The Return of Dial-a-Disc

In which The Author loses some money

I heard a fascinating documentary on BBC Radio 4 a few months ago, about an experimental service launched in New York during the late 1960s. The Beat Generation may have come of age by this point, but the anarchic creativity and relentless imagination of the movement remained undimmed. Not content with publishing their work in small magazines and limited editions, or reading to cosy like-minded groups in Greenwich Village bookshops, they decided to try and reach a wider audience. Looking back, it was an inspired idea.
John Giorno leased a telephone line, connected it to a tape recorder, and thus Dial-a-Poem was born (Boxer, 2005.) People could dial the number and hear Allen Ginsberg, William S. Burroughs, Ann Waldman, John Cage, or a score of other luminaries, reading their work. The recordings changed regularly, and grew to include political speeches and countercultural manifestos.
The scheme was initially condemned by the phone companies, because it was tying up the lines. However, after a while it became apparent that it could be a nice little money-spinner. Callers were paying to listen to recordings, and the companies could make their profits. Like many radical ideas, it soon went mainstream, with a host of subscriber services arising from this original seed. According to the New York Times, Mr Giorno claims to be the first person to realize the potential of the telephone system for spreading information to a wide audience:
He credits Dial-A-Poem with inspiring “dial-for-stock-market-info and dial-for-sports-info services, the explosion of 1-900 telephone promotions, not to mention the delivery of the Internet over phone lines.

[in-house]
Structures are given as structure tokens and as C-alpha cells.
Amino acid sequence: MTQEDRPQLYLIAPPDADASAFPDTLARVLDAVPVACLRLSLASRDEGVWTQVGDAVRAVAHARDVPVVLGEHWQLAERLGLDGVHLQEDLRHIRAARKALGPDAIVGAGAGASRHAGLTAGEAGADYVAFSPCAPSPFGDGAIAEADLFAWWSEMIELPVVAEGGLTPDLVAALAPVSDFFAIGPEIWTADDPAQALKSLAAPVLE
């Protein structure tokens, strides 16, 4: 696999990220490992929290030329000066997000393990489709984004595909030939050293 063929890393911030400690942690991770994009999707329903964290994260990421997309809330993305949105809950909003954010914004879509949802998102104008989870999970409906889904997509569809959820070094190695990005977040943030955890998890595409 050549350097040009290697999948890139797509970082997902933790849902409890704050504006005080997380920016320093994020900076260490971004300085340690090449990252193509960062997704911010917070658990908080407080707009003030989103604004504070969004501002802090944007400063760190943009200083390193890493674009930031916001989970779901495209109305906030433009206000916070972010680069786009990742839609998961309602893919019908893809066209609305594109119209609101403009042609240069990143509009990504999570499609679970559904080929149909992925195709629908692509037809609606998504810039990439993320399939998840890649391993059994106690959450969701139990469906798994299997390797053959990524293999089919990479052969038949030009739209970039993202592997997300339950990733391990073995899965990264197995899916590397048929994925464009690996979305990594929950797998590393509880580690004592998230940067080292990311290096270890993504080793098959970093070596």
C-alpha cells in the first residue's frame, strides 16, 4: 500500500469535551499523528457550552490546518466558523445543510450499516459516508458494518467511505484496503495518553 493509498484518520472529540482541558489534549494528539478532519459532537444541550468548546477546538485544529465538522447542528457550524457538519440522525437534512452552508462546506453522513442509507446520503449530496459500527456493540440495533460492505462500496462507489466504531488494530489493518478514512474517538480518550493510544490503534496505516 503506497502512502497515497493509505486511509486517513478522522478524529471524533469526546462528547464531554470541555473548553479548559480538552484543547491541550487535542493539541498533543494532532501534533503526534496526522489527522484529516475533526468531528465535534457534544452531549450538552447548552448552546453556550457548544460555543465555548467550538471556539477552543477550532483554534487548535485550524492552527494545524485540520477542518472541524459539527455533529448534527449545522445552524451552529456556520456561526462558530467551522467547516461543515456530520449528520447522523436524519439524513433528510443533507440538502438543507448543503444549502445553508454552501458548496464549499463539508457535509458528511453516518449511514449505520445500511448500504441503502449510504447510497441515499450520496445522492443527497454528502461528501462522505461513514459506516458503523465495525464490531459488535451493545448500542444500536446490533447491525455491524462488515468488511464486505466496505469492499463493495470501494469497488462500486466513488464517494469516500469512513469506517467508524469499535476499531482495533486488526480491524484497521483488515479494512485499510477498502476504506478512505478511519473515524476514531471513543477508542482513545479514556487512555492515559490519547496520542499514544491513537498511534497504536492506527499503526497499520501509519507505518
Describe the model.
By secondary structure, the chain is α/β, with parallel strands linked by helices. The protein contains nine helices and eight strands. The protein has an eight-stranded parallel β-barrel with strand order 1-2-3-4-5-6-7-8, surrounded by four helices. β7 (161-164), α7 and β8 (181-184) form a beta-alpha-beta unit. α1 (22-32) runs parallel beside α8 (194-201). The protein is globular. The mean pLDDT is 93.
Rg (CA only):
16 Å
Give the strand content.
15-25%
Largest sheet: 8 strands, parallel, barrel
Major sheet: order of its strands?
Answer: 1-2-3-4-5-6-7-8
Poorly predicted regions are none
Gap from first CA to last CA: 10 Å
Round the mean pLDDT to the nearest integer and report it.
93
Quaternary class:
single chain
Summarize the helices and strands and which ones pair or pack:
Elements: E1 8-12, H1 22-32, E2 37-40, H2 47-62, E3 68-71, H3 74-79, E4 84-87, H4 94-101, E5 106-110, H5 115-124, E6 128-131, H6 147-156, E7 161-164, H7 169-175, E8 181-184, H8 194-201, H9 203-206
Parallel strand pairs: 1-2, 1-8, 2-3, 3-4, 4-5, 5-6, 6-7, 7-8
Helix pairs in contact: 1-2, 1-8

(Boxer, 2005.)
Dial-a-Poem survived until 1971, but that wasn’t the end of the story. The original recordings have been made available online. If you want to hear the voices of the counterculture for yourself, you can, by checking out the archives at UbuWeb.
When I was young, the General Post Office was responsible for the telephone service throughout the United Kingdom. At the front of the residential directory, you’d have found a list of ‘useful numbers’, a very long list of area codes (see Predictions (Part 2)), instructions on how to call 999 (the emergency number) in the dark – this was still the age of dial telephones, remember – and a page of numbers which were the direct descendants of Mr Giorno’s original brainwave. These would give you access to the Speaking Clock, the weather forecast, the football results, or (the one I’ve got in mind) let you hear one of the current chart hits.
Dial-a-Disc survived into the 1980s, and I remember seeing small ads for the service in Sounds when I first started buying it in 1983. In the era of Spotify, when you can listen to a vast body of recorded music via the Internet, no doubt it seems like a very quaint idea.
I’d assumed that, as with most of these recorded services, Dial-a-Disc had been obliterated by privatisation and the onward march of technology. As usual, I was wrong…
This afternoon I had occasion to phone the Jobcentre Plus helpline. I’d already decided not to use my mobile; I know from previous experience how expensive calling an 0845 number from a mobile phone can be. Instead, I walked to the BT payphone at the end of my street and spread my change on the little shelf next to the coinbox. The minimum charge for a call is now a whopping sixty pence! To complicate matters, you can insert only up to four coins at a time. Luckily I had a 50p and a 10p piece, so I was good to go. Or so I thought.